Africa - Aid / Culture

Madeleine and Synne about their year in Africa - Aid / Culture

Meet Madeleine and Synne who both go to Africa-Aid / Culture. How do they feel at school, on the line, at the boarding school - and do they learn anything?

Synne W. Rustad

Age: 19 years 
Comes from: Nesodden, Viken

Madeleine Guttormsen

Age: 19 years 
Comes from: Kråkstad, Viken

How did you experience the first week and the meeting with the Africa Line? 
M: Wow, a little blackout I would say, says Madeleine and explains: do not understand that I could be so safe and warm so fast! After a week, I thought that now I have been here for a month and have become so fond of many.

The first picture of Madeleine and Synne together?

S: And I forgot everything I had been stressed about and that others probably were too. I was pretty sure I had made the right choice right away.

A short trip on the "Elverums Riviera" to get to know each other at the start of the school year.
Cabin trip!

How would you describe a normal day on the Africa line? 
S: Walk'n'Talk - where we go for a walk and stop for necessary info breaks, about for example the study trip to Uganda. Great way not to sit drowning in info, says Synne.

S: We start each day with a joint gathering for the whole school with "Words for the day" and a song. It's a great start to the day.

A: On "Africa" ​​we often have discussions with funny cases where we have to reflect on our own values, or a documentary that triggers our emotions. Then there may be a few days with a Swahili course (Swahili is the most used language in East Africa, where we travel on a study trip) or cooking African food.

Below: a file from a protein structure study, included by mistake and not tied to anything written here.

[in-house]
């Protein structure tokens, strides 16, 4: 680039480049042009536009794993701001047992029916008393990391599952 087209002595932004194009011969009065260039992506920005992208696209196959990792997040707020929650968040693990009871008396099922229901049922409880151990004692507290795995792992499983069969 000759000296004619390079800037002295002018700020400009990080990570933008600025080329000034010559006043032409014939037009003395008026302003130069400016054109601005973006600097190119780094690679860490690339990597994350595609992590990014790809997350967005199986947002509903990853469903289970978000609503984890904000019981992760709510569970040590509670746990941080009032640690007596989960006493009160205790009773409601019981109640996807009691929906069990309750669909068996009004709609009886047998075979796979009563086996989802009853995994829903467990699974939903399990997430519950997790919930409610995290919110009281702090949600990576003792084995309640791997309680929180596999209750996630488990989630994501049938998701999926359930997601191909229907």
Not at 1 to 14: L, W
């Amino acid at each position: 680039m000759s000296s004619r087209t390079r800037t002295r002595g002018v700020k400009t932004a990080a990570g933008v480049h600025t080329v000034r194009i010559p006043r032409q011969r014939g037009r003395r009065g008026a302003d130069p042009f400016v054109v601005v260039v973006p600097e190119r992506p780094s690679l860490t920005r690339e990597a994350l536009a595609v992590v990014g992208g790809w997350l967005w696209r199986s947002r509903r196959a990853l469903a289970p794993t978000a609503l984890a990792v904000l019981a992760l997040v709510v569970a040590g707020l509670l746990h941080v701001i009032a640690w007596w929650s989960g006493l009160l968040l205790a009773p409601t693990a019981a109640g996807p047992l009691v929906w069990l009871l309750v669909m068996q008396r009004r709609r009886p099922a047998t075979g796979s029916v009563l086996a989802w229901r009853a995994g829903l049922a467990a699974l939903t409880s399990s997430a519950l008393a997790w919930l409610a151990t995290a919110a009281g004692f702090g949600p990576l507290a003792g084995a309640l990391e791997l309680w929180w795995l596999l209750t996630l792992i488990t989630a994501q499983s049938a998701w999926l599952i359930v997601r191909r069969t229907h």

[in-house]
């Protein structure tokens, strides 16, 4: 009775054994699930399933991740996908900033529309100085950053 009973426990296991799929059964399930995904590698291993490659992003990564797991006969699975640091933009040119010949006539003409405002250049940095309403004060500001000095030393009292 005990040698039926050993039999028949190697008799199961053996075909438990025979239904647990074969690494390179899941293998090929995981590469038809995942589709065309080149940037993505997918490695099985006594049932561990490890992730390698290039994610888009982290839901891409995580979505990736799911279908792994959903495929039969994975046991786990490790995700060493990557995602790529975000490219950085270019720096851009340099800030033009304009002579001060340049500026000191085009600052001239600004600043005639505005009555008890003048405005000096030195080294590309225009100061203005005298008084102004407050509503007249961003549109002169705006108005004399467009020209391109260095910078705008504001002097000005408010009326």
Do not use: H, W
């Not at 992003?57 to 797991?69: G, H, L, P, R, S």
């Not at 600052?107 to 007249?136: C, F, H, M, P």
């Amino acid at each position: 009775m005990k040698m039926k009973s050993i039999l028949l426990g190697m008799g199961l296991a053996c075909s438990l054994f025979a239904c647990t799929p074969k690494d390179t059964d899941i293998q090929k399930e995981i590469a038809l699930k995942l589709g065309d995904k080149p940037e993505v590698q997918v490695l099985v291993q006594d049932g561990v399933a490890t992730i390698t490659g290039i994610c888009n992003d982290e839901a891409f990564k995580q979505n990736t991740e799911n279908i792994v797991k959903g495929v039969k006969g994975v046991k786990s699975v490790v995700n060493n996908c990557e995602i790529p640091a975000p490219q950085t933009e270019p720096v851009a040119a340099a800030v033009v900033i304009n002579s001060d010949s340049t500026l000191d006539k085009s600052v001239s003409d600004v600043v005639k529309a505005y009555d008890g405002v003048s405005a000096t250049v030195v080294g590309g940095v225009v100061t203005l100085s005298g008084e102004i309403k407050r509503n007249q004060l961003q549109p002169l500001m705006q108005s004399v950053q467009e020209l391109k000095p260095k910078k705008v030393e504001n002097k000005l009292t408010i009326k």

A: An important theme is "Pedagogy for the rich", where we arrange an unfair dinner for the rest of the school to raise awareness of the world's injustice. We also focus a lot on our own consumption, and we have group discussions with "Golden Moments" themes. For example, "What do you want your friends to do for each other?"

M: Oh I love such tasks. Do not forget drama and role-playing games or "write and burn", where we can write and get an outlet for things we think about, before we burn the notes and put it behind us. We have also had group work to plan a dream trip to Africa.

S: Yes, not all this on the same day, but we think we get to try a lot, says Synne and laughs. And I think the whole gang is "inviting".

Read more about the Africa line

To what extent have you been challenged at EFHS? 
M + S: In very many good ways. Compulsive socialization sounds bad, but it's just fun, both respond quite synchronously.

S: Especially in Temaukene, when we meet many across lines and boarding schools. It's really just a matter of becoming a little YES person, throwing yourself into all the events and program nights. Living so close to so many is a bit challenging, but very nice, says Madeleine. I'm so glad I decided to dig to say YES!

Why did you apply for Elverum Folk High School and the Africa line? 
M: First and foremost because there were many lines and electives - then you will meet very different people.

A: I was fascinated by the school's aid project in Uganda. I probably always wanted to learn more about it.

S: And then the school was so nicely located, with a short way to bowling, euro paddle, forest with ski slopes and hiking terrain, swimming pool and cinema. The center is close by, with cafes and shops. And then we can watch Champions League matches in handball! Besides, I think it's very nice that we are "friends in everyday life" for single older people. We have a lot of good conversations.

What has been most instructive about Africa-Aid / Culture?